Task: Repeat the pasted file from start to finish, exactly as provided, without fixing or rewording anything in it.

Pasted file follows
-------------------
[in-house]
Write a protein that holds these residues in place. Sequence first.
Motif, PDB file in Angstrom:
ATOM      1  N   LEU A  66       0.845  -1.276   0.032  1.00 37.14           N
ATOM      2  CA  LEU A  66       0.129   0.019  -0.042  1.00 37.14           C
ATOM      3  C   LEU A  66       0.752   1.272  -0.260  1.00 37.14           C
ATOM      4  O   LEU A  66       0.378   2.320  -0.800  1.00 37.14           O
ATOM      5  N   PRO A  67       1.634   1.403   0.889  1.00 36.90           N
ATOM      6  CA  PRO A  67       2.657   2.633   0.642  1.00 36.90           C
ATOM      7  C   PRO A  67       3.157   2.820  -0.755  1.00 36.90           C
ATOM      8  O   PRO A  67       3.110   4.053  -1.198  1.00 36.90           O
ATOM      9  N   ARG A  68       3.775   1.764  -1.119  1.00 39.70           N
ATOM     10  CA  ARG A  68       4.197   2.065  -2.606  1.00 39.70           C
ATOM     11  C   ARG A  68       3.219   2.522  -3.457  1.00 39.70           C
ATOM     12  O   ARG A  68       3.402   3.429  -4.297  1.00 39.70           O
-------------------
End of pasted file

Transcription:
[in-house]
Write a protein that holds these residues in place. Sequence first.
Motif, PDB file in Angstrom:
ATOM      1  N   LEU A  66       0.845  -1.276   0.032  1.00 37.14           N
ATOM      2  CA  LEU A  66       0.129   0.019  -0.042  1.00 37.14           C
ATOM      3  C   LEU A  66       0.752   1.272  -0.260  1.00 37.14           C
ATOM      4  O   LEU A  66       0.378   2.320  -0.800  1.00 37.14           O
ATOM      5  N   PRO A  67       1.634   1.403   0.889  1.00 36.90           N
ATOM      6  CA  PRO A  67       2.657   2.633   0.642  1.00 36.90           C
ATOM      7  C   PRO A  67       3.157   2.820  -0.755  1.00 36.90           C
ATOM      8  O   PRO A  67       3.110   4.053  -1.198  1.00 36.90           O
ATOM      9  N   ARG A  68       3.775   1.764  -1.119  1.00 39.70           N
ATOM     10  CA  ARG A  68       4.197   2.065  -2.606  1.00 39.70           C
ATOM     11  C   ARG A  68       3.219   2.522  -3.457  1.00 39.70           C
ATOM     12  O   ARG A  68       3.402   3.429  -4.297  1.00 39.70           O